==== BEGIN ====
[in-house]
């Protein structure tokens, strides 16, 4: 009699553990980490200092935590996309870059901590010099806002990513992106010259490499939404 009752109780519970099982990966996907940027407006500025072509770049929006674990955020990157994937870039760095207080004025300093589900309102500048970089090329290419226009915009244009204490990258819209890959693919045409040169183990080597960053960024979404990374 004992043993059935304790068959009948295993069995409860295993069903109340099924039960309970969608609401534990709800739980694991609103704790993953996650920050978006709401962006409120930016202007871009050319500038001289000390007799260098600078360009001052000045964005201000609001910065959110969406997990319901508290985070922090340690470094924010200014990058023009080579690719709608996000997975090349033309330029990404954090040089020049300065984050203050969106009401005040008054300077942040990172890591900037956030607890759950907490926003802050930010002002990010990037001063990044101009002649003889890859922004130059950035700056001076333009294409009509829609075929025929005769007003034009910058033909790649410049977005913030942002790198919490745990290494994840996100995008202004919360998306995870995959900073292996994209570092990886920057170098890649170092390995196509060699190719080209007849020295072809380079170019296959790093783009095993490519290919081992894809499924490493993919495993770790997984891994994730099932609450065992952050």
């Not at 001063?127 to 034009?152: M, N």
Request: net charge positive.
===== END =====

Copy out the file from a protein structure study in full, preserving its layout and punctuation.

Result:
[in-house]
């Protein structure tokens, strides 16, 4: 009699553990980490200092935590996309870059901590010099806002990513992106010259490499939404 009752109780519970099982990966996907940027407006500025072509770049929006674990955020990157994937870039760095207080004025300093589900309102500048970089090329290419226009915009244009204490990258819209890959693919045409040169183990080597960053960024979404990374 004992043993059935304790068959009948295993069995409860295993069903109340099924039960309970969608609401534990709800739980694991609103704790993953996650920050978006709401962006409120930016202007871009050319500038001289000390007799260098600078360009001052000045964005201000609001910065959110969406997990319901508290985070922090340690470094924010200014990058023009080579690719709608996000997975090349033309330029990404954090040089020049300065984050203050969106009401005040008054300077942040990172890591900037956030607890759950907490926003802050930010002002990010990037001063990044101009002649003889890859922004130059950035700056001076333009294409009509829609075929025929005769007003034009910058033909790649410049977005913030942002790198919490745990290494994840996100995008202004919360998306995870995959900073292996994209570092990886920057170098890649170092390995196509060699190719080209007849020295072809380079170019296959790093783009095993490519290919081992894809499924490493993919495993770790997984891994994730099932609450065992952050």
């Not at 001063?127 to 034009?152: M, N």
Request: net charge positive.